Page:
Statistics comes to Swarthmore College

Some years ago, I studied mathematics and statistics. At that time, there was only one statistician among the mathematics department members, maybe the entire Swarthmore College faculty, Gudmund R. Iversen. He was my academic adviser. Professor Iversen was grey, tweedy and Norwegian. He always addressed me as Miss Kesselman, which helped alleviate my shyness at the time.

Professor Iversen got his PhD in statistics from Harvard University in 1969. I noticed only one other familiar name on that very short list of all Harvard Statistics PhD alumni: Columbia University political science and statistics professor Andrew Gelman PhD in 1990.

Lunch with Tufte

Professor Iversen had a group of colleagues, all statisticians from other academic institutions. They would visit Swarthmore to give lunchtime talks, or more typically, late Friday afternoon presentations to mathematical statistics students.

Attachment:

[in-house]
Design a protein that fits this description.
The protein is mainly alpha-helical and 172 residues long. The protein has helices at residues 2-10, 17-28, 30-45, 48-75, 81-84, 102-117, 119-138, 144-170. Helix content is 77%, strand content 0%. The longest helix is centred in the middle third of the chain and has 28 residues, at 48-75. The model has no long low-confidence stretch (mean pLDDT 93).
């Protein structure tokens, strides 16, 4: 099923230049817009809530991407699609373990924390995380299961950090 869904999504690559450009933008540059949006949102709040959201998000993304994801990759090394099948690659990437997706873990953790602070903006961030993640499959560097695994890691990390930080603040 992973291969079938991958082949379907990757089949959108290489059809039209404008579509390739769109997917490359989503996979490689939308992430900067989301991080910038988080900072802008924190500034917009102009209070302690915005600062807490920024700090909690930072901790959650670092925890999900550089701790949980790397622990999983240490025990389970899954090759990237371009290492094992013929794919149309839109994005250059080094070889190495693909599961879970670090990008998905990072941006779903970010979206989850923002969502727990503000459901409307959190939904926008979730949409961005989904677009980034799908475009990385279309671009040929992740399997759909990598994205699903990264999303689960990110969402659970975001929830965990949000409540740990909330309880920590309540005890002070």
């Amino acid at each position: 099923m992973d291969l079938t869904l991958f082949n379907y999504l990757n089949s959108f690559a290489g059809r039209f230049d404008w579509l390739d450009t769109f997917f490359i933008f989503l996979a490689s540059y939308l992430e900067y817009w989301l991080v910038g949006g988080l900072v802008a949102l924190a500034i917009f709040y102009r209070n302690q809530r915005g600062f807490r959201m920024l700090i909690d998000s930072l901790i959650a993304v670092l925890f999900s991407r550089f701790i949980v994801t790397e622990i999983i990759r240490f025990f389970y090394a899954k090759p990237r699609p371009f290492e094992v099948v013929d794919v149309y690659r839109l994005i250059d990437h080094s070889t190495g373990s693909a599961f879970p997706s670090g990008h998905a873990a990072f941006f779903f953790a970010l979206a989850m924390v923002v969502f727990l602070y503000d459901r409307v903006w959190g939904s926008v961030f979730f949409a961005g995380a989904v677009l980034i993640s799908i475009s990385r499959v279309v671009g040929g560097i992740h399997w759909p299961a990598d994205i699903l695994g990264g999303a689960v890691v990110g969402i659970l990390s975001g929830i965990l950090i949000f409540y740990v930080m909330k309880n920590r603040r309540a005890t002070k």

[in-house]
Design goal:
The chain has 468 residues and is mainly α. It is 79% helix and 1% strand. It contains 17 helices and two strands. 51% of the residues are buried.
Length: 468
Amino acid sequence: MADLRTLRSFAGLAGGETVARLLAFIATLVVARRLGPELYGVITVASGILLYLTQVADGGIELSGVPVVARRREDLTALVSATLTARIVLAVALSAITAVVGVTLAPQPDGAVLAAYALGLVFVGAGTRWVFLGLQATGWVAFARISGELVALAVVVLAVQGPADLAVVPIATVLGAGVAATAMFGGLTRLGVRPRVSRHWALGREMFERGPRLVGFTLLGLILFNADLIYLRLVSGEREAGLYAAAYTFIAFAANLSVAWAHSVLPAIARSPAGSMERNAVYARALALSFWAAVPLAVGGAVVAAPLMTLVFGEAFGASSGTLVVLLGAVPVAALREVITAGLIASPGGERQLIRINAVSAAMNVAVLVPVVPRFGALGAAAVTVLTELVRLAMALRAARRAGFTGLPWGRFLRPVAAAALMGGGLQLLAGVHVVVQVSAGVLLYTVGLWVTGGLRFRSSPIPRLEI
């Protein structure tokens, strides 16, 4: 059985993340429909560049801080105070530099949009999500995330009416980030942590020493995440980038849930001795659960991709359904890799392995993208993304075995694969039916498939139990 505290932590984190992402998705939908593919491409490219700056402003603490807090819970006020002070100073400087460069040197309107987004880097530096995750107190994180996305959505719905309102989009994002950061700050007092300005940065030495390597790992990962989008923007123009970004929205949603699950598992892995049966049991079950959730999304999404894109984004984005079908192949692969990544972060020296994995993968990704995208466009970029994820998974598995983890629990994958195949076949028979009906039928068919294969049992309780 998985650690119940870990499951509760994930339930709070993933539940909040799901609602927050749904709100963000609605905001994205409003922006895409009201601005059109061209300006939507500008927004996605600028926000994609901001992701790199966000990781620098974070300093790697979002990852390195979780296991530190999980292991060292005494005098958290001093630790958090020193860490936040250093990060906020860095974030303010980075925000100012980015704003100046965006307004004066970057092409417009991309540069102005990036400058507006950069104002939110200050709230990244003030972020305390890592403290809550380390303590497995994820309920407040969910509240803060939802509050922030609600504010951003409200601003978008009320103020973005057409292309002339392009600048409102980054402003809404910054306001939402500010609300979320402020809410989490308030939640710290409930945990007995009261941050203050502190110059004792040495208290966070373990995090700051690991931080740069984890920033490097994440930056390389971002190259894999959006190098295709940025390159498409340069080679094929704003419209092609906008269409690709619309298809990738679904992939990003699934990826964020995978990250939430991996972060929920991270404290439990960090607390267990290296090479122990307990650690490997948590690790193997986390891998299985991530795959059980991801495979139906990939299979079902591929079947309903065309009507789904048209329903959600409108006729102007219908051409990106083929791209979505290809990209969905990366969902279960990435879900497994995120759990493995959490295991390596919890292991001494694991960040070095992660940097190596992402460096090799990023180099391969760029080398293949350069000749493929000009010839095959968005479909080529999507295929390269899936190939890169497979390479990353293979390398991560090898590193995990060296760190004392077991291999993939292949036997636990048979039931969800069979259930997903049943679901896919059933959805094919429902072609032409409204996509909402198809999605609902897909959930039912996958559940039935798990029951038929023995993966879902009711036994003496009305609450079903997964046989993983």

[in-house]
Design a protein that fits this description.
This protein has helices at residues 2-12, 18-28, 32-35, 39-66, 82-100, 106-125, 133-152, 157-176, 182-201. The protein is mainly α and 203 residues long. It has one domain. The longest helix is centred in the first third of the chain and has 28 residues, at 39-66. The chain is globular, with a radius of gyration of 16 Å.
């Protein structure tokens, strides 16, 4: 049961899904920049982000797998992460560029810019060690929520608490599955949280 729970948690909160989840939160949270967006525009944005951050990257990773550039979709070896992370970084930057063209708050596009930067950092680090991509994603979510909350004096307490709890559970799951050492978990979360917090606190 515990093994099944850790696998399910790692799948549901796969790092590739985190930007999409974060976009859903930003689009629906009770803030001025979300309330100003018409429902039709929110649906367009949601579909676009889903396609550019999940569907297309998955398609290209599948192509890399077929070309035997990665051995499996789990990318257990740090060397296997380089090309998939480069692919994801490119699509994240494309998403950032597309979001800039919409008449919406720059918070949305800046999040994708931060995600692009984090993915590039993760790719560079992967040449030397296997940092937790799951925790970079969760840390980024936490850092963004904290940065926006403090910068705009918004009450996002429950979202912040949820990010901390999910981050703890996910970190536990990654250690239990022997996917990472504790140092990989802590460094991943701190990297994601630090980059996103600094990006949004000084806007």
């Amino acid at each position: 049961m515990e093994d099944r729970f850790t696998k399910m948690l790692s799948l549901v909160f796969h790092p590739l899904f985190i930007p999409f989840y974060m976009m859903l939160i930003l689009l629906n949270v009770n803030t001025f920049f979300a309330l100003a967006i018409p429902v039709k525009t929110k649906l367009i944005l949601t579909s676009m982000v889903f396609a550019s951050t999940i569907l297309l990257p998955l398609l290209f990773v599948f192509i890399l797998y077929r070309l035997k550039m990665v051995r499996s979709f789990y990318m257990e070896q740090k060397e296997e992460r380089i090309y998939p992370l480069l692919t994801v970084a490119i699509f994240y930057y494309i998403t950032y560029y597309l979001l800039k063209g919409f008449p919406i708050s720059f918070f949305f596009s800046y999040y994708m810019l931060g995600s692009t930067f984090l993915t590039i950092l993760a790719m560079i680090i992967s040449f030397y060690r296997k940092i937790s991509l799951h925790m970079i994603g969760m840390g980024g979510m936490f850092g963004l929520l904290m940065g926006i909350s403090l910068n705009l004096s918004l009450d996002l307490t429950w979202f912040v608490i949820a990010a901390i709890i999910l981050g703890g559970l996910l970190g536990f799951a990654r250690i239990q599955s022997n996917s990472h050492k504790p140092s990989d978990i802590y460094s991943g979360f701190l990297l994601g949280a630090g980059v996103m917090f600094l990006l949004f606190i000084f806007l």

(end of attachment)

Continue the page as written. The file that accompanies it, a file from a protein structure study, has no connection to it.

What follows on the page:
Diagram of Napoleon's Russian campaign by Minard

Napoleon’s March to Moscow. Charles J. Minard, 1869

I recall one particular guest statistician. Edward Tufte was on the faculty of Princeton University, and had recently written his first book, The Visual Display of Quantitative Information. The venue was a small private room in Sharples dining hall. I was one of maybe 20 attending. (more…)